Monday , October 14 2019
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Tag Archives: Valuations

Why Fed’s Monetary Policy Is Still Very Accommodative

Here are two statements from the Federal Reserve’s Federal Open Market Committee (FOMC) immediately following their interest rate decisions of August 1, 2018 and September 26, 2018. August 1, 2018 – In view of realized and expected labor market conditions and inflation, the Committee decided to maintain the target range for the federal funds rate at 1.75-2.00%. The stance of monetary policy remains accommodative, thereby supporting strong labor market conditions and a sustained return to 2...

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Technically Speaking: Markets Cling To Support

In this past weekend’s newsletter, I discussed the fact the markets had finally awoken to the reality that rates have once again broken above 3%. “Speaking of rates, each time rates have climbed towards 3%, the market has stumbled.” However, I also noted that on a very short-term basis, the market was oversold enough to generate a bounce. Importantly, with market testing the January breakout highs this is a “make or break” point for the markets. There are two things currently that are worth...

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All Markets Are Cyclical – When Will This One End?

I always enjoy reading John Stepek’s work at MoneyWeek. Just recently he addressed the question of where are we in the current market cycle. To wit: “In his latest memo to clients, [Howard Marks] outlines his basic philosophy and how it affects Oaktree’s investment process at the moment. Marks’ basic point – which appears pretty self-evident, though you’d be surprised by how many people try to deny it – is that markets move in cycles. The tricky part is trying to work out when the cycle is...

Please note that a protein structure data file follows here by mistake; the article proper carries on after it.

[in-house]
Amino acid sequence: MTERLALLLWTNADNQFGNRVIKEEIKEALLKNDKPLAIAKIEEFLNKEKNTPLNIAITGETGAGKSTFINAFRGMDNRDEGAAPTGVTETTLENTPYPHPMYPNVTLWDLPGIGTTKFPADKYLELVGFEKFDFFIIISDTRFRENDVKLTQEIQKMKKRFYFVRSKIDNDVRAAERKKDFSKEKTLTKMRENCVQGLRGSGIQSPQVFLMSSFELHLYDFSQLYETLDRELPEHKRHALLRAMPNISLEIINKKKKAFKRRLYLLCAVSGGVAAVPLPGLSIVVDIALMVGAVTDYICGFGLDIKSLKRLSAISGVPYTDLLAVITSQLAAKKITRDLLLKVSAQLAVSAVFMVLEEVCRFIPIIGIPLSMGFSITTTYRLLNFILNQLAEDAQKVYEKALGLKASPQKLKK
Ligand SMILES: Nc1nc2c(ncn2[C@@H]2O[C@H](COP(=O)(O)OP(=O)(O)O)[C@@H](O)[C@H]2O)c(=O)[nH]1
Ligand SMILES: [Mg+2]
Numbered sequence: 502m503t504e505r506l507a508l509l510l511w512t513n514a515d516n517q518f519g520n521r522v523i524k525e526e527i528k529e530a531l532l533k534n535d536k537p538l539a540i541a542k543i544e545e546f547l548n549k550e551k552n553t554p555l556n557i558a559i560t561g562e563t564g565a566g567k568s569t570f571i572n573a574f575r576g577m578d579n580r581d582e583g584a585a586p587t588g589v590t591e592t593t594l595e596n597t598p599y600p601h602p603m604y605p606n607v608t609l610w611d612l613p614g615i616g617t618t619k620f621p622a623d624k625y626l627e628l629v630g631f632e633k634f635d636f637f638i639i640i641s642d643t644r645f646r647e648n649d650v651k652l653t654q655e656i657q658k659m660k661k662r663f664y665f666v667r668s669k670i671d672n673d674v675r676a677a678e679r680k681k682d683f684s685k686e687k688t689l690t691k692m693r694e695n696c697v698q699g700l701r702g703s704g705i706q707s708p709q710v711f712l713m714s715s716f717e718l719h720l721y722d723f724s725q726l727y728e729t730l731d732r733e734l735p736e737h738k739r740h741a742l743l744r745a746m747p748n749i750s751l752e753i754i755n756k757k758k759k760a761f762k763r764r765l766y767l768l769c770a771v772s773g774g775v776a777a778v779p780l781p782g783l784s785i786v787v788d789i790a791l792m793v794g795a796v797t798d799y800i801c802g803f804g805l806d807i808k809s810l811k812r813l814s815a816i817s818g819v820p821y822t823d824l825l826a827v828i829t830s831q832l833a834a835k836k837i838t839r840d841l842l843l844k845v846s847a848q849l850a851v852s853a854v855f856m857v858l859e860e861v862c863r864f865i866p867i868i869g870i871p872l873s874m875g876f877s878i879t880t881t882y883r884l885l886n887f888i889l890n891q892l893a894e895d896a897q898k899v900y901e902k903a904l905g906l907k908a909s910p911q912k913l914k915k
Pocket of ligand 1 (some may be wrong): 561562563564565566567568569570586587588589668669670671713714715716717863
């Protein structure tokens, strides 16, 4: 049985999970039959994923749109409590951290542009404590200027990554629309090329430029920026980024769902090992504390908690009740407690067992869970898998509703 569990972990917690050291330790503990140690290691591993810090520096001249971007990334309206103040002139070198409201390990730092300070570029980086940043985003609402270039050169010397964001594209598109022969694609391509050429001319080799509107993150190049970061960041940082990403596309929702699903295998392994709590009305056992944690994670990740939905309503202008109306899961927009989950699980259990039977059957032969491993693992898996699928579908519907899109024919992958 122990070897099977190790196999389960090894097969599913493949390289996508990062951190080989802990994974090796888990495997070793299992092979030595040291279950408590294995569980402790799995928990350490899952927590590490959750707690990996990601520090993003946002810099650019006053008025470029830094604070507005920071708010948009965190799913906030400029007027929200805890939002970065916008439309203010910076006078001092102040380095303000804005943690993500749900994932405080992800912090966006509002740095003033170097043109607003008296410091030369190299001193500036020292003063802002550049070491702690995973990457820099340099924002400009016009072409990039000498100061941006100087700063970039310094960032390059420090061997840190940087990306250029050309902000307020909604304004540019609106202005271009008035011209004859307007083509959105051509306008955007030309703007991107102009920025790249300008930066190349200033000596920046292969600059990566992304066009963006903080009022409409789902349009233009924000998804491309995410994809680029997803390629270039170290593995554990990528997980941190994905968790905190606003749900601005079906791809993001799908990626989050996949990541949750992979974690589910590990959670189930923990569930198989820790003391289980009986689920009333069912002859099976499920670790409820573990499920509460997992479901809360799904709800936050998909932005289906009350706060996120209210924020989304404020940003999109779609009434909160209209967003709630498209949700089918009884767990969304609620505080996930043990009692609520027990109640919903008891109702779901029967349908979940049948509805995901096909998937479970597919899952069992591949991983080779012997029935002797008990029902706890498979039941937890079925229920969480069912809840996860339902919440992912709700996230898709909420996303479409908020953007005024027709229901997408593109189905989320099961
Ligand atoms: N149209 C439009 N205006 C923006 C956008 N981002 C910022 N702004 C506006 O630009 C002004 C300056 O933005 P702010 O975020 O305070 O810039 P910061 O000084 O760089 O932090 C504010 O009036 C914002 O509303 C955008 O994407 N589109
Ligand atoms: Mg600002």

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Weekend Reading: Are Dividends Telling Us Something?

Earlier this week, Eddy Elfenbein has an interesting post discussing the “Bull Market In Dividends.”  “For the third quarter, dividends from the S&P 500 grew by 10.96%. That’s the strongest growth rate in more than three years. It’s the 34th quarter in a row of dividend growth. Over the last eight years, dividends are up 234%, which is pretty close to what the S&P 500 price index has done. Considering how simple it is, the S&P 500 has tracked a 2% dividend yield fairly closely...

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Debts & Deficits: A Slow Motion Train Wreck

Last Friday, I discussed that without much fanfare or public discussion, Congress decided to push the U.S. into deeper fiscal irresponsibility with the passage of another Continuing Resolution (CR). To wit: “The House on Wednesday passed an $854 billion spending bill to avert an October shutdown, funding large swaths of the government while pushing the funding deadline for others until Dec. 7. The bill passed by 361-61, a week after the Senate passed an identical measure by a vote of...